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  1. #1
    Student
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    Apr 2021
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    Michigan
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    5

    Total Noob. First printer. What to buy?

    Hey all,

    Just found this site. Seems to be one of the better ones out there. I've read thru the posts and have seen the suggestions for other noobs. I just don't feel like they pertain to my situation. Also budget plays into suggestions too.

    So I'm a total noob and know nothing about these things. I don't know any CAD programs(but I know I could learn). I also don't know what I'd even be printing. I want to get my 13 year old son started in 3d printing, but I'm also interested. I would guess we would start off printing already made projects available online.

    I'm very mechanically inclined and wouldn't mind getting a kit if that's an option. Putting something together from scratch is always the best way to learn about it.

    I would like to keep it between $400-$700.

    Appreciate any advice, thank you,
    Ron

  2. #2
    Quote Originally Posted by rkf_bomb View Post
    Hey all,

    Just found this site. Seems to be one of the better ones out there. I've read thru the posts and have seen the suggestions for other noobs. I just don't feel like they pertain to my situation. Also budget plays into suggestions too.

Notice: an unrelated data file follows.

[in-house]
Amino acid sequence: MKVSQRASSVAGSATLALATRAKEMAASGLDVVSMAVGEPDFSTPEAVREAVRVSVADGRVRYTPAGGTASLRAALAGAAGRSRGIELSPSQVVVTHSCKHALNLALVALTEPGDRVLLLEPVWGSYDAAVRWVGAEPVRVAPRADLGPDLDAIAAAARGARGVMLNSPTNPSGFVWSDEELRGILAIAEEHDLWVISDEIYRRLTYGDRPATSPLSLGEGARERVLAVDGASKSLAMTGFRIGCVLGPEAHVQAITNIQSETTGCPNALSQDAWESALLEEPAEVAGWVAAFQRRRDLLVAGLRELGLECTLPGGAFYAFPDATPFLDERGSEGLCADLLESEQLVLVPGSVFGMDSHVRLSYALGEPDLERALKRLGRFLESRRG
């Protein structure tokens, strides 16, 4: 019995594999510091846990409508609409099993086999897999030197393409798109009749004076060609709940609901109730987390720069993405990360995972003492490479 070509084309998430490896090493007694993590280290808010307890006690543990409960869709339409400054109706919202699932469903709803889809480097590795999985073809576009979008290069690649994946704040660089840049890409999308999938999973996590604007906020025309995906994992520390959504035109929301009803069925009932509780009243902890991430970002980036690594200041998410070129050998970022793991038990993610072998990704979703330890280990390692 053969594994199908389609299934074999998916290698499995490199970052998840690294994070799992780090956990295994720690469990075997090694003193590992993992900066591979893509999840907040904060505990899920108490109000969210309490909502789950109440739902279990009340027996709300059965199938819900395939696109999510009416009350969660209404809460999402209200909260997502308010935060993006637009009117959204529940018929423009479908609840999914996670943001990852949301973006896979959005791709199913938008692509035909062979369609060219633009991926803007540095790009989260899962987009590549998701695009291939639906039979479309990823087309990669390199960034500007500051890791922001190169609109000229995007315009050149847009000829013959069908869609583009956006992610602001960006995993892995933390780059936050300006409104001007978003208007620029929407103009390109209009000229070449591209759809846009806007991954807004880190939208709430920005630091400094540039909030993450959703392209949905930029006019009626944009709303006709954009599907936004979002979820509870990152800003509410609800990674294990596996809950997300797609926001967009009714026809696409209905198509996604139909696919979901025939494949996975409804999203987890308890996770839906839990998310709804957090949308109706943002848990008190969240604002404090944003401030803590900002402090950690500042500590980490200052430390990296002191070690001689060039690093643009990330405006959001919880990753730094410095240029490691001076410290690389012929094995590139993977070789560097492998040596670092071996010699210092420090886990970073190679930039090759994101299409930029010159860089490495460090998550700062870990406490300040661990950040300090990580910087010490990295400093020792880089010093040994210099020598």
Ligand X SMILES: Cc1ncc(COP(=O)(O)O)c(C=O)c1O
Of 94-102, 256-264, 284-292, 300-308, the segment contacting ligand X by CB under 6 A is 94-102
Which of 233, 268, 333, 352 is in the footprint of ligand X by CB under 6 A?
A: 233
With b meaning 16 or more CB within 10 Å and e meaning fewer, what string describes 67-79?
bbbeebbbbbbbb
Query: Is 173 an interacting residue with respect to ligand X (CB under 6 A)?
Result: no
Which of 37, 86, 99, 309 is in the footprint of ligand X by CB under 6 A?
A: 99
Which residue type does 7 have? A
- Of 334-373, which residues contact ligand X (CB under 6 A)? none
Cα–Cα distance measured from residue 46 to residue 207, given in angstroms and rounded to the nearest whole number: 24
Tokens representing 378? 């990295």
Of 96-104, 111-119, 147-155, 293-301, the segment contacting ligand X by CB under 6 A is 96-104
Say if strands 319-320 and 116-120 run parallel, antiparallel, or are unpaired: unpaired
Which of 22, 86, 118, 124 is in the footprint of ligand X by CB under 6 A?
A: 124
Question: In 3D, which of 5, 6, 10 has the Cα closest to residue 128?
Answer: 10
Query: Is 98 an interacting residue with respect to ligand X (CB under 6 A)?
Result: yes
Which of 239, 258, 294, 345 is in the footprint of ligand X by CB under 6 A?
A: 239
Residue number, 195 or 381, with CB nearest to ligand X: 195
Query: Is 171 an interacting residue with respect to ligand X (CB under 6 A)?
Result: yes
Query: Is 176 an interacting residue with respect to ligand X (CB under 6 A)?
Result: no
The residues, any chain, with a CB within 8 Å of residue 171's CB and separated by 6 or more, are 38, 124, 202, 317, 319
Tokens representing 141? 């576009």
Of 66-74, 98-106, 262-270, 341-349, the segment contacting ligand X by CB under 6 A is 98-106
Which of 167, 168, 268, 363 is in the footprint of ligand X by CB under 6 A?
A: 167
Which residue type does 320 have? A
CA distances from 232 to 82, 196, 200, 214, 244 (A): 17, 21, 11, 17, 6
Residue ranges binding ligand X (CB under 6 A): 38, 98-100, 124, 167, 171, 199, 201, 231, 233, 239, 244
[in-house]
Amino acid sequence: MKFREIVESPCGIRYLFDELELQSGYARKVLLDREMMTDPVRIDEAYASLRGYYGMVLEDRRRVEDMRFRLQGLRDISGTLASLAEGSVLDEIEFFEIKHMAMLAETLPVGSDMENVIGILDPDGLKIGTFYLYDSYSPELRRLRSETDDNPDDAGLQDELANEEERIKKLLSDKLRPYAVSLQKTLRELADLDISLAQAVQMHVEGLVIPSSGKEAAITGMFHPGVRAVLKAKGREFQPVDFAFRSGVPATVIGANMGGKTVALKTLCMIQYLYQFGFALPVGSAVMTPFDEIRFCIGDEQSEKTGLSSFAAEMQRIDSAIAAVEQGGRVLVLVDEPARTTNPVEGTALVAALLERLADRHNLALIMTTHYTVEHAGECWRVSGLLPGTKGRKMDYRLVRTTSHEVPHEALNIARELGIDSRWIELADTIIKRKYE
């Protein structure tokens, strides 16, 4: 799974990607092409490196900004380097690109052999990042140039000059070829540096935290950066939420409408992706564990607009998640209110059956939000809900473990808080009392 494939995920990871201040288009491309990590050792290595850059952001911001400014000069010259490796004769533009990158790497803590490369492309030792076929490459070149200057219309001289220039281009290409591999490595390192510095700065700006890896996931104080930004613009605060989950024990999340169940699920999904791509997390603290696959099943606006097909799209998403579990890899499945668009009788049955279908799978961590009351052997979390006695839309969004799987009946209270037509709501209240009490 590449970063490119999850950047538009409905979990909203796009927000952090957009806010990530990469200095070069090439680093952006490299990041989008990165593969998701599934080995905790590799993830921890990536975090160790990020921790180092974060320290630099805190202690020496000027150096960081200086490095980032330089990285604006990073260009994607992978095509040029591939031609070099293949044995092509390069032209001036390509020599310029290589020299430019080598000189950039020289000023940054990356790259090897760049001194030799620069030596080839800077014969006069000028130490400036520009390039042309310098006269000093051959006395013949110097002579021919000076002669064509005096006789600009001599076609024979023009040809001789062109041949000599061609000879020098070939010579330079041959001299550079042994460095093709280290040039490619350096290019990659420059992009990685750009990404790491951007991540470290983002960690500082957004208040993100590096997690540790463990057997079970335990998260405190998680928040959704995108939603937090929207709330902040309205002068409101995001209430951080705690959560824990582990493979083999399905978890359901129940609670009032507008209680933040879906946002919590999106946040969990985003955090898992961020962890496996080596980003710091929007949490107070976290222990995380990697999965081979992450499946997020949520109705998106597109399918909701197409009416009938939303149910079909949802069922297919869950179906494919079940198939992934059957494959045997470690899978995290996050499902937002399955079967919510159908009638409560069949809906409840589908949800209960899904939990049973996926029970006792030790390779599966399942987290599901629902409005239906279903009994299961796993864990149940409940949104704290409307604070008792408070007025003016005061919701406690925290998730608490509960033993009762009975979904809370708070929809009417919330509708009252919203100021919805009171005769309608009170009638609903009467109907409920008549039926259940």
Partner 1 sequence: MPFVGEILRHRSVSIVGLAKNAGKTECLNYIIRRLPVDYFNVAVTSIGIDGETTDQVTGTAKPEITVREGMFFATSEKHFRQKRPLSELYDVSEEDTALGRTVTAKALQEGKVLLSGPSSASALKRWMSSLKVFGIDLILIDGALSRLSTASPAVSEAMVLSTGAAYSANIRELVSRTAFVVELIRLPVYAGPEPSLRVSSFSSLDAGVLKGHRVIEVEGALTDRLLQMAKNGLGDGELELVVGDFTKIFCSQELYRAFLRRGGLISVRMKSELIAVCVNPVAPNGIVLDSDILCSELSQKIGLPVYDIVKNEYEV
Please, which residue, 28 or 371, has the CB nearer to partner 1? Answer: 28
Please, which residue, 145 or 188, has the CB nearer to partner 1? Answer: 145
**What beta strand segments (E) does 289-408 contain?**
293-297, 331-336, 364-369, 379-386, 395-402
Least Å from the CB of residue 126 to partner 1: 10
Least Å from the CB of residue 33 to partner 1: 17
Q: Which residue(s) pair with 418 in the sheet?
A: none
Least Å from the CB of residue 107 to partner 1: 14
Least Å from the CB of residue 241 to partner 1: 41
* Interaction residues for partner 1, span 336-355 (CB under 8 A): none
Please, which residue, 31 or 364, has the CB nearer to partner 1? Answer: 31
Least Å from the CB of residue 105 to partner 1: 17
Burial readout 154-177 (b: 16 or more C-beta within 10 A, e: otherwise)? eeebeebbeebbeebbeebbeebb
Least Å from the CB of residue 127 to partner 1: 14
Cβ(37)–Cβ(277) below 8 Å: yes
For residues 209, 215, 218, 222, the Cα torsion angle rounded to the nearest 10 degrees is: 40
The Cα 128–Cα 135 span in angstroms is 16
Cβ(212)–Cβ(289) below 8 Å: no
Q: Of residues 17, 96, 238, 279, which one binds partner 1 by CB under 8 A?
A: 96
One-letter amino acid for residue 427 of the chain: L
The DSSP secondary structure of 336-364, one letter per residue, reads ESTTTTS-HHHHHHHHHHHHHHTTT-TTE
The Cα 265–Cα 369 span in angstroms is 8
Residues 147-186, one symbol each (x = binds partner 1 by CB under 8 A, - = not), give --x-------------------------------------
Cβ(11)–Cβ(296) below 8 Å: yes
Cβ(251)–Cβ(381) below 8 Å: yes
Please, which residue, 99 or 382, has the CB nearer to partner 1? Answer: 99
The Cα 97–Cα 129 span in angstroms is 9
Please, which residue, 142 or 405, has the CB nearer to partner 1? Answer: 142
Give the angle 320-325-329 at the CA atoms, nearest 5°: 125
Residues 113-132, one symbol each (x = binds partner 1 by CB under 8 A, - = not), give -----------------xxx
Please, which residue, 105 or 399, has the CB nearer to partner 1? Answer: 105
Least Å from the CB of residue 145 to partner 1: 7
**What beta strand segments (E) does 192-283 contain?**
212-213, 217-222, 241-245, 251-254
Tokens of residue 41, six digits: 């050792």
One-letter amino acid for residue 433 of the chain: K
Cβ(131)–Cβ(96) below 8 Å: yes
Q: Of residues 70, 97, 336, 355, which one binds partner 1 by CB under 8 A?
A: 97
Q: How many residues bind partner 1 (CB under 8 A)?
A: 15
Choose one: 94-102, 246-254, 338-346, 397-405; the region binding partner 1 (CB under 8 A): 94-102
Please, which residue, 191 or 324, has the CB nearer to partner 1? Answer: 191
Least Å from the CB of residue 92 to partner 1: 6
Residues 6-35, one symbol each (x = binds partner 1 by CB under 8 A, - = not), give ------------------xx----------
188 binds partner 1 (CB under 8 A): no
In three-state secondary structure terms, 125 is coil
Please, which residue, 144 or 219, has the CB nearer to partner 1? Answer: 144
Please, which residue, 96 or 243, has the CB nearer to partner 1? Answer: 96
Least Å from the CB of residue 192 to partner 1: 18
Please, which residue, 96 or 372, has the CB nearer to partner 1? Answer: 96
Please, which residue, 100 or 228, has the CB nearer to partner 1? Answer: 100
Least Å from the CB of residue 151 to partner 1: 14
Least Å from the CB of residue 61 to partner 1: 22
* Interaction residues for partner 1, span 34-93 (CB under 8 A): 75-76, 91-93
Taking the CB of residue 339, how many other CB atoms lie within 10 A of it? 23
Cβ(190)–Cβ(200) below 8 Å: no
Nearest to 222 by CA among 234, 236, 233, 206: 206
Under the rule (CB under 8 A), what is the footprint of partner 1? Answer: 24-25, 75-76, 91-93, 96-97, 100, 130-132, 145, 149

So I'm a total noob and know nothing about these things. I don't know any CAD programs(but I know I could learn). I also don't know what I'd even be printing. I want to get my 13 year old son started in 3d printing, but I'm also interested. I would guess we would start off printing already made projects available online.

    I'm very mechanically inclined and wouldn't mind getting a kit if that's an option. Putting something together from scratch is always the best way to learn about it.

    I would like to keep it between $400-$700.

    Appreciate any advice, thank you,
    Ron
    I am struggling with the same decision. I feel the time is ripe to own one of these even in the midst of Chipaggedon and my brief recent ownership certainly opened my eyes to enormous potential to use these things.

    Unfortunately, narrowing down the advice in your price range will probably require narrowing down your priorities for what you want the printer to do for you.

    For what is is worth I am currently strongly leaning towards this model

    https://www.amazon.com/TENLOG-Indepe...98&sr=8-3&th=1

    from advice I received in my other thread.

    But there are so many options out there it is hard for me to not hesitate before ordering again. hopefully something like a consensus will emerge in these recent threads.

  3. #3
    I'm keen on the genuine Prusa i3 MK3 kit, but it's a hundred dollars higher than your top end budget reference. It's worth every penny, though, as the support forums that cover the Prusa line of printers are top-notch. The kit is quite easy to assemble and the instruction included are probably the most comprehensive instructions on the market. Each step of the instructions also has a corresponding video for even more clarity. I helped the local library makerspace assemble a MK2, which is slightly more challenging to assemble. The printer is sitting idle due to recent regulations, but it ran wonderfully in a public exposure environment, with nearly zero problems. One thing that was learned was to not print on PEI is the same location every time. That's an easy fix.